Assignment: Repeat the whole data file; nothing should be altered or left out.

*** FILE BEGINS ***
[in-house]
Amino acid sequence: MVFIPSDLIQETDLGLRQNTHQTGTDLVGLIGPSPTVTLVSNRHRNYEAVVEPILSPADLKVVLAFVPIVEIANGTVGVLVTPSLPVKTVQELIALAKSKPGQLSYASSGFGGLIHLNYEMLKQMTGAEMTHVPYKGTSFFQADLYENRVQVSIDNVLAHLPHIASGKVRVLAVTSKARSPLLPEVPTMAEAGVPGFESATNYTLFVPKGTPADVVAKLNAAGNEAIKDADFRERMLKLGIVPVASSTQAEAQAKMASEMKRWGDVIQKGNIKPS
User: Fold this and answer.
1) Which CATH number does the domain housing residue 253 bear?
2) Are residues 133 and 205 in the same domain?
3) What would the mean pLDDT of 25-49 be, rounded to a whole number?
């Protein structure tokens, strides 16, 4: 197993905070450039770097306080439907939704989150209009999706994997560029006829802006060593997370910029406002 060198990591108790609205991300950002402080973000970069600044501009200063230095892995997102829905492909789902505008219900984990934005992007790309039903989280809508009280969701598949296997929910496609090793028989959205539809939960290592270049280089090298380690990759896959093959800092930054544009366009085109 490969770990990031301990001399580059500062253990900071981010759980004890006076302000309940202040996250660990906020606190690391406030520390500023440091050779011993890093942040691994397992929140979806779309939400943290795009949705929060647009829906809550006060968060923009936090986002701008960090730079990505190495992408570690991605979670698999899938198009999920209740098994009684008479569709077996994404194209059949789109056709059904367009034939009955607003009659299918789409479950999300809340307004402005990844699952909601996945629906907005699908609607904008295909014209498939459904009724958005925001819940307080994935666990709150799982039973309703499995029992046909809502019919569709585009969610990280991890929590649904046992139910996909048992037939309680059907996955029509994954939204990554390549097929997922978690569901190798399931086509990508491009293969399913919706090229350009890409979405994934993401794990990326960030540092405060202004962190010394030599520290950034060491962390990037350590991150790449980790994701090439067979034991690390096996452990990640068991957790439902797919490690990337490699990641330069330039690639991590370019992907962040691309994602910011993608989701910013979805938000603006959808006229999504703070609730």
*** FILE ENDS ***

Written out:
[in-house]
Amino acid sequence: MVFIPSDLIQETDLGLRQNTHQTGTDLVGLIGPSPTVTLVSNRHRNYEAVVEPILSPADLKVVLAFVPIVEIANGTVGVLVTPSLPVKTVQELIALAKSKPGQLSYASSGFGGLIHLNYEMLKQMTGAEMTHVPYKGTSFFQADLYENRVQVSIDNVLAHLPHIASGKVRVLAVTSKARSPLLPEVPTMAEAGVPGFESATNYTLFVPKGTPADVVAKLNAAGNEAIKDADFRERMLKLGIVPVASSTQAEAQAKMASEMKRWGDVIQKGNIKPS
User: Fold this and answer.
1) Which CATH number does the domain housing residue 253 bear?
2) Are residues 133 and 205 in the same domain?
3) What would the mean pLDDT of 25-49 be, rounded to a whole number?
């Protein structure tokens, strides 16, 4: 197993905070450039770097306080439907939704989150209009999706994997560029006829802006060593997370910029406002 060198990591108790609205991300950002402080973000970069600044501009200063230095892995997102829905492909789902505008219900984990934005992007790309039903989280809508009280969701598949296997929910496609090793028989959205539809939960290592270049280089090298380690990759896959093959800092930054544009366009085109 490969770990990031301990001399580059500062253990900071981010759980004890006076302000309940202040996250660990906020606190690391406030520390500023440091050779011993890093942040691994397992929140979806779309939400943290795009949705929060647009829906809550006060968060923009936090986002701008960090730079990505190495992408570690991605979670698999899938198009999920209740098994009684008479569709077996994404194209059949789109056709059904367009034939009955607003009659299918789409479950999300809340307004402005990844699952909601996945629906907005699908609607904008295909014209498939459904009724958005925001819940307080994935666990709150799982039973309703499995029992046909809502019919569709585009969610990280991890929590649904046992139910996909048992037939309680059907996955029509994954939204990554390549097929997922978690569901190798399931086509990508491009293969399913919706090229350009890409979405994934993401794990990326960030540092405060202004962190010394030599520290950034060491962390990037350590991150790449980790994701090439067979034991690390096996452990990640068991957790439902797919490690990337490699990641330069330039690639991590370019992907962040691309994602910011993608989701910013979805938000603006959808006229999504703070609730």